Recyclable Beauty: Dos and Don’ts

When was the last time we held the beauty industry to a standard as high as the one created for us? From type 1A to 4C hair, we are taught our unique strands and hair types must fit a certain mold, that our looks should aspire to a certain ideal. With this, personal care and beauty is a multi-billion dollar industry, spanning high-end makeup to all-in-one body wash and shampoo.

All the while, the beauty industry largely packages for convenience, aesthetics, and cost savings, often at the expense of our planet; it is estimated 120 billion units of packaging are produced every year by the global cosmetics industry, most of which are not widely recyclable. 

Thus, tons of plastic pour into the ocean and are littered in the environment every year, not to mention all the material that could have been used to make new products and packaging, like cosmetics containers!

It’s a complex issue you can put a dent in while keeping your skin and the planet looking flawless. Here are some simple “dos and don’ts” for types of packaging to look out for when shopping for beauty products:

Plastics to avoid

There are seven types of plastics. The term Resin Identification Code (RIC) may sound intimidating, but it identifies the type of plastic used in a container. This number is found inside a triangle and typically located at the bottom of the bottle. Please note what your municipality accepts ultimately determines recyclability, so check with them when recycling locally.

Generally speaking, the ideal numbers are #1 (PET) and #2 (HDPE) because they are usually recycled locally. However, #3 (Vinyl or PVC), #4 (LDPE) #6 (PS or EPS, also known as Styrofoam), and #7 (Other) are infrequently locally recyclable and will go right into the trash if placed in your recycling bin. However, no matter the resin number, colored plastic and small and complex items are generally non-recyclable. 

Why would a beauty brand use plastics that aren’t recyclable? LDPE is lighter than other types of plastic, for example, and from a shipping perspective, companies opt for this because it gives them the ability to maximize space on a truck, minimize breakage, and have some flexibility with the package design, literally and figuratively.

Recycling Dos

Our number one tip, again, is to check with your local program to see what they accept, but a general rule of thumb is if you purchase plastics, buy in larger sizes. Small plastics of eyeshadow pans, eye cream pots, cotton swab sticks, mascara wands, and the like are harder to recycle because they fall through the cracks at recycling centers.

Our next tip is often quite surprising, as many high-end makeup and cosmetics brands employ this material, so please brace yourself: black and dark plastics are not usually recyclable, and as mentioned earlier, colorful plastics are not recyclable. Why? Colored plastics cannot be turned into any other color, except if white or clear.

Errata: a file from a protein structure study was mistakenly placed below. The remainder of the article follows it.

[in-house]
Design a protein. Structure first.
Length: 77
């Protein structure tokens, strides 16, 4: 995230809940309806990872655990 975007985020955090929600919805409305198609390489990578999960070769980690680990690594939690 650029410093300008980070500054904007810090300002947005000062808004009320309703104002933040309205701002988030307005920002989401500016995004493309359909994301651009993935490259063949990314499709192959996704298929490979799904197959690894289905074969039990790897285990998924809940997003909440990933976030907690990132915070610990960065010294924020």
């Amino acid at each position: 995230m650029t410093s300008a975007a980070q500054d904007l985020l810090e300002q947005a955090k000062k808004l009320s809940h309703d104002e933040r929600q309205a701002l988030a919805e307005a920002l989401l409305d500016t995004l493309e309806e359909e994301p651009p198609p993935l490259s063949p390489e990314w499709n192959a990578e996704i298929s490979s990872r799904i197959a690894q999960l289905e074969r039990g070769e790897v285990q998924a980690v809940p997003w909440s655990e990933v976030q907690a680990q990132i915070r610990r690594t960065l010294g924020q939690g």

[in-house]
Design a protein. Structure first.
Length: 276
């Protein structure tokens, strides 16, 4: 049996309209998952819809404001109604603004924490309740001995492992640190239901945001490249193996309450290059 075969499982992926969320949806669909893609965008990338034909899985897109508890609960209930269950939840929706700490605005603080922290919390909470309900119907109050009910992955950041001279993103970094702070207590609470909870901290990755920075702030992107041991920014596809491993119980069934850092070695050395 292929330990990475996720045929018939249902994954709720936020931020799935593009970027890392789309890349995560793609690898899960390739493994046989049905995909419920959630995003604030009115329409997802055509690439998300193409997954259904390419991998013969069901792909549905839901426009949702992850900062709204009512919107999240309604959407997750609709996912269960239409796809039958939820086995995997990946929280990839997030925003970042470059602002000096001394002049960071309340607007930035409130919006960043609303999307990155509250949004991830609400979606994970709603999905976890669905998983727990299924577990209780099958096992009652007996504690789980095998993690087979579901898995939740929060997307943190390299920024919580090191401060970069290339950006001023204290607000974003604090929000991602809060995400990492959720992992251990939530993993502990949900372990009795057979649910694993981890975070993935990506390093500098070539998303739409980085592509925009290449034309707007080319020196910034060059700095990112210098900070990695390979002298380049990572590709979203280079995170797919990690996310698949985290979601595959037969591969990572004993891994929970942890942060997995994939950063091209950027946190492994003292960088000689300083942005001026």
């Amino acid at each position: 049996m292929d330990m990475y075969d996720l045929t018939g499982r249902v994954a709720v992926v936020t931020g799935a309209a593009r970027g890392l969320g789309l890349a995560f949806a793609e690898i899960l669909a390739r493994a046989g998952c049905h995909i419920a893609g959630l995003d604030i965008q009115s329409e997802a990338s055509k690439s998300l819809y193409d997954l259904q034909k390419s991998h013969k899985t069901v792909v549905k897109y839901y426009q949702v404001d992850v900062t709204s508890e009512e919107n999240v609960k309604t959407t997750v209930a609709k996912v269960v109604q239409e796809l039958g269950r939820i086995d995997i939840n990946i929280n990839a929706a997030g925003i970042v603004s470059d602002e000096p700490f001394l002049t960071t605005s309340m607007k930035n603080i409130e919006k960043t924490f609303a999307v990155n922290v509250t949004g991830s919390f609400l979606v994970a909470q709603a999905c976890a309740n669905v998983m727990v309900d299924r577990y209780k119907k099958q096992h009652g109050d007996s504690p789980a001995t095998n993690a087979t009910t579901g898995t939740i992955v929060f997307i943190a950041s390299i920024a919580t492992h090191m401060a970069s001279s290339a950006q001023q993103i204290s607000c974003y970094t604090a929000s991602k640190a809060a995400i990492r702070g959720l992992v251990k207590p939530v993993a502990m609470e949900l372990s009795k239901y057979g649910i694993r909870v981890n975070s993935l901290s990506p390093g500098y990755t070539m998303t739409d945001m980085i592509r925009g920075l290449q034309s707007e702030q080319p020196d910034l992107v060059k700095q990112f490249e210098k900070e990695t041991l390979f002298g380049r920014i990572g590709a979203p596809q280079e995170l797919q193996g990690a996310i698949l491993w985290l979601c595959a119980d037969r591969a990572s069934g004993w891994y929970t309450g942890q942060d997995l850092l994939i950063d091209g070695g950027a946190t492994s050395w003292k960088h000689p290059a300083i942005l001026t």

So what do we do now? Keep an eye out for sustainable beauty brands teaming up with TerraCycle® to provide a free, national recycling solution for their packaging, and tell your favorite clean makeup and cosmetics brands to start working with us!

Recycling Don’ts 

If you don’t like free, that’s okay, even good: free cosmetics samples are often dispensed in packaging that is non-recyclable. For example, during a tour down the hair care aisle, we recently spotted a deep conditioning pouch. This seems to be a growing trend, but the existence and use of small pouches is prevalent across industries.

We also see this with the use of individual portion packs, or sachets, small, single-use, plastic pouch-like items that are inexpensive to make. They come with our takeout food, as cosmetics samples, and as an easy way to take a vitamin cocktail, but these often end up littered or landfilled and are prone to end up in oceans and waterways due to buoyancy and small size.

Bigger is by no means better, but again, the high-value or larger the package, the more likely it is to be recycled. If it is small, flexible, a color, or very lightweight, it is generally a recycling don’t, as is being a “wish-cycler,” so please think before you put it in the bin!

3 Rs Beauty Cheat Sheet: Reduce, Reuse, Recycle

There is light at the end of the tube. Instead of using products with hard-to-recycle plastics, opt into refillable hair product programs or hair care bars. Our sister brand, Loop, has partnered with Plaine and many other personal care and beauty brands to help us reduce waste with reusable containers for products we like while eliminating single-use. Hair care bars are super underrated, but effective, eliminating the need for packaging altogether. 

We understand that switching your hair care routine might be easier said than done, so to use the products that work for you without the packaging guilt, try our Bathroom Separation Zero Waste Box™, which you can fill with used hair care staples, loofahs, rubber duckies, etc.; we’ll clean, separate, and recycle it all for you. If only our hair and skin care could be that easy!


Do you have any favorite clean beauty brands making a commitment to leave your skin, hair, and the planet better than they found it? Tell us in the comments!

Written by Daisy Hoffman

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